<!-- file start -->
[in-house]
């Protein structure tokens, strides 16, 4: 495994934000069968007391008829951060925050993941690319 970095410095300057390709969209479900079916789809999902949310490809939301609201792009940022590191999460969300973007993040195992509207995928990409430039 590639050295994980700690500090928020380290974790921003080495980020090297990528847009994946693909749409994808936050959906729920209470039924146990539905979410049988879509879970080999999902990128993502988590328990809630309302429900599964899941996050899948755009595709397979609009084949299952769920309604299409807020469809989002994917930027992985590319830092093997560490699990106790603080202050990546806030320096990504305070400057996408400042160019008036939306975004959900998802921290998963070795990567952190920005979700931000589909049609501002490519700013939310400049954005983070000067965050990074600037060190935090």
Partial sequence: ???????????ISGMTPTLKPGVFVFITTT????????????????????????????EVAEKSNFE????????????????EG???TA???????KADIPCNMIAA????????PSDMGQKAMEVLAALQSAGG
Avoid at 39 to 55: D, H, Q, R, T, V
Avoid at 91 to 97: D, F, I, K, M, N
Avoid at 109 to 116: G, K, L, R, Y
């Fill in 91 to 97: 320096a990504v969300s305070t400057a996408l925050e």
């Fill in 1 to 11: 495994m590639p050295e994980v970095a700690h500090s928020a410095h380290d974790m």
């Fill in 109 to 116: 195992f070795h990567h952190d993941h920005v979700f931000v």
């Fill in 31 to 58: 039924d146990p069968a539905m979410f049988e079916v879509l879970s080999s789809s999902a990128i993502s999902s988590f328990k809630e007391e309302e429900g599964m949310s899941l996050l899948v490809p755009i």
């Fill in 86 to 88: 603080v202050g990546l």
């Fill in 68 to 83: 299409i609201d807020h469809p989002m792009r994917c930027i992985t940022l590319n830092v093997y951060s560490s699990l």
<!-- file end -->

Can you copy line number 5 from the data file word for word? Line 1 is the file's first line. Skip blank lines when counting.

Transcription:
Avoid at 91 to 97: D, F, I, K, M, N